One of the main culprits for weight gain is, of course, our hormones, which start to change right around the mid-30s and into the 40s. This change in hormones, less estrogen for women and less testosterone for men, cause the fat in our bodies fat to shift to the middle of the body while abandoning other areas of the body you could care less about. That's one reason you may get a little fluffier around the middle while other parts of you actually get smaller.
Now that the whole sober curious moment is making not drinking trendy, it’s easier to find alcohol-free options. Less alcohol not only means you’re drinking fewer calories, it can also mean fewer late-night bowls of ramen or plates of double cheeseburgers on the way home from happy hour. Today, it’s also easier to maintain a social life when you’re not overdrinking, since there’s the new perception that you’re not saying no to a beer or five; you’re part of a “movement.”
8. Sleep more and stress less. Easy, right?  This may be the hardest part.  There are plenty of things you can try.    Melatonin and or magnesium at night.  Massages.  Yoga.  Meditation.  Hot baths before bed.  Black out windows and cooler temperature in your bedroom.  A good shrink.  There’s really no shortage of suggestions.  It may be time to experiment if you’re not getting enough good sleep.
Starting in your 30s, you can lose three to five percent of your muscle mass each decade if you don’t stay active. Note the last part of that point: “If you don’t stay active.” As you get older, "there's a lot of competition for your time and energy," says Dr. Yancy. For some men, that can push exercise out of the picture. But it doesn't take heroic efforts to put it back into your life.

As you enter your forties, you are also entering perimenopause, when levels of your sex hormones progesterone and estrogen decline. Besides regulating your menstrual cycle and reproductive functions, these hormones also impact restful sleep and relaxation. A decrease in progesterone and estrogen levels may lead to sleep disturbances, restlessness, and insomnia.1 Because changes in sleep patterns have been associated with weight gain, sleepless nights may make weight loss increasingly difficult.2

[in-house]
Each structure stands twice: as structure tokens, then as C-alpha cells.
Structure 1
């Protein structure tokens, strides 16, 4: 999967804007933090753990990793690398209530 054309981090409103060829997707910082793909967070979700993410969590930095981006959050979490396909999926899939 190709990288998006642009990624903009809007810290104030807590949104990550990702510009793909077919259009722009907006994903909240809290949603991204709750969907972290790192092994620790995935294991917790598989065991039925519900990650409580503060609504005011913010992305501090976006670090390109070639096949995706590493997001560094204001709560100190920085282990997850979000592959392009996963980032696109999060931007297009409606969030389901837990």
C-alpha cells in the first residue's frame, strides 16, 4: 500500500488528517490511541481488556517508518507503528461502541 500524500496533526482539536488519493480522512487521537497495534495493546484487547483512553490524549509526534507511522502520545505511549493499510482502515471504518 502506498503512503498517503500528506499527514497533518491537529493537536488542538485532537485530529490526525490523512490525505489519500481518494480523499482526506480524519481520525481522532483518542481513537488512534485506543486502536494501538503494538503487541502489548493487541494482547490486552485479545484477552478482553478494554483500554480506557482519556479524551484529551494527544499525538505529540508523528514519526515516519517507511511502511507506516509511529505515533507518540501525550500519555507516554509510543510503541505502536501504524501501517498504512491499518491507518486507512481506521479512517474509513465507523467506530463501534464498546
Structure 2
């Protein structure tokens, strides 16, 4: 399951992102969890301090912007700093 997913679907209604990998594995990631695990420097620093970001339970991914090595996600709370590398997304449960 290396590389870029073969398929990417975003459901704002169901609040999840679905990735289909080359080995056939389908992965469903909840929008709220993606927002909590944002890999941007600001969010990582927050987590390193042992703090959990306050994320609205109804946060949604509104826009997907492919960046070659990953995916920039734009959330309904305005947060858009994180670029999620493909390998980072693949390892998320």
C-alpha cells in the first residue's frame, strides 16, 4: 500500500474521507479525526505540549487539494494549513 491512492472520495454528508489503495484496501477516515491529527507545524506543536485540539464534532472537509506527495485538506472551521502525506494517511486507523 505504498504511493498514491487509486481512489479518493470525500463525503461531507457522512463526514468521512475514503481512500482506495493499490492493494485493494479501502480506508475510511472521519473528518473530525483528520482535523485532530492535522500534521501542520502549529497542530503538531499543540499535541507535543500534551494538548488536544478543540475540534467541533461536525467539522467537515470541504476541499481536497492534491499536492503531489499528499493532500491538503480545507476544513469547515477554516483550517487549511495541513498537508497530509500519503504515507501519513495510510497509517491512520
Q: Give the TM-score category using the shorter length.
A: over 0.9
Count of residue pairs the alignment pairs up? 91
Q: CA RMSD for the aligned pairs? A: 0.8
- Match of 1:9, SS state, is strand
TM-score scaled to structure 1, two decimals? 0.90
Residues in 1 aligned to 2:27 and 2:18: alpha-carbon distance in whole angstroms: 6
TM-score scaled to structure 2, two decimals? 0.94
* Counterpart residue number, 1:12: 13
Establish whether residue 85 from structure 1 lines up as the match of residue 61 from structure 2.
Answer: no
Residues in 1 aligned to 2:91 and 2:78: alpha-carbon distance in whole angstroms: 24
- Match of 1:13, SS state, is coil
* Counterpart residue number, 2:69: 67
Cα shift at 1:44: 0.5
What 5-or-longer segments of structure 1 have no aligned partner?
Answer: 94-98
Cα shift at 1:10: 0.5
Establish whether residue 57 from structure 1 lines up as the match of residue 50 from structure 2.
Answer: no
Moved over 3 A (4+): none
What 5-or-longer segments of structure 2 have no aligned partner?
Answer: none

To jumpstart your weight loss, the biggest focus should be to develop habits that will help you build or maintain your muscle mass. "The most effective way that women over 40 can boost their metabolism is by building muscle through weight-lifting and resistance training," says Dr. Peterson (more on that to come). But nutrition and sleep habits also play a role here.

Starting in your 30s, you can lose three to five percent of your muscle mass each decade if you don’t stay active. Note the last part of that point: “If you don’t stay active.” As you get older, "there's a lot of competition for your time and energy," says Dr. Yancy. For some men, that can push exercise out of the picture. But it doesn't take heroic efforts to put it back into your life.
There appears to be a connection between estrogen and body weight regulation.  With lower estrogen levels, lab animals tend to eat more and be less physically active.  Levels that are too high or too low appear to lead to fat storage.  And, lower estrogen levels may also slow down your metabolic rate (the speed  at your body converts stored energy into working energy).
One of the main culprits for weight gain is, of course, our hormones, which start to change right around the mid-30s and into the 40s. This change in hormones, less estrogen for women and less testosterone for men, cause the fat in our bodies fat to shift to the middle of the body while abandoning other areas of the body you could care less about. That's one reason you may get a little fluffier around the middle while other parts of you actually get smaller.
×